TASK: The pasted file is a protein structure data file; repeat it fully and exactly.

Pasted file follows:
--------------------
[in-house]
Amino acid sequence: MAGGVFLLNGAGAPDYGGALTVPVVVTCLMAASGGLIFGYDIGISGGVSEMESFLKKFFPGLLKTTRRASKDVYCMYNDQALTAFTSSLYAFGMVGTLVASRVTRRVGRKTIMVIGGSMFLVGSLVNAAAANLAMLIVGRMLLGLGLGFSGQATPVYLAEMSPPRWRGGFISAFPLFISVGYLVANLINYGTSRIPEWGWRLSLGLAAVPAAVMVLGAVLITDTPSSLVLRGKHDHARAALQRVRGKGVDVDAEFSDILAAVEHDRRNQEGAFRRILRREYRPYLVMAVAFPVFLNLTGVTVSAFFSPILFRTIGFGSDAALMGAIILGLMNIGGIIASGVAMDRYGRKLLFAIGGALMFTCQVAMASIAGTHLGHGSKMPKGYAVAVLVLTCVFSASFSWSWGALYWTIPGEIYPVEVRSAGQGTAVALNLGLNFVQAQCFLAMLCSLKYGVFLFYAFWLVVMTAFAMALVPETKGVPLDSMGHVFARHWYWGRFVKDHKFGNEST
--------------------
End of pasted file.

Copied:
[in-house]
Amino acid sequence: MAGGVFLLNGAGAPDYGGALTVPVVVTCLMAASGGLIFGYDIGISGGVSEMESFLKKFFPGLLKTTRRASKDVYCMYNDQALTAFTSSLYAFGMVGTLVASRVTRRVGRKTIMVIGGSMFLVGSLVNAAAANLAMLIVGRMLLGLGLGFSGQATPVYLAEMSPPRWRGGFISAFPLFISVGYLVANLINYGTSRIPEWGWRLSLGLAAVPAAVMVLGAVLITDTPSSLVLRGKHDHARAALQRVRGKGVDVDAEFSDILAAVEHDRRNQEGAFRRILRREYRPYLVMAVAFPVFLNLTGVTVSAFFSPILFRTIGFGSDAALMGAIILGLMNIGGIIASGVAMDRYGRKLLFAIGGALMFTCQVAMASIAGTHLGHGSKMPKGYAVAVLVLTCVFSASFSWSWGALYWTIPGEIYPVEVRSAGQGTAVALNLGLNFVQAQCFLAMLCSLKYGVFLFYAFWLVVMTAFAMALVPETKGVPLDSMGHVFARHWYWGRFVKDHKFGNEST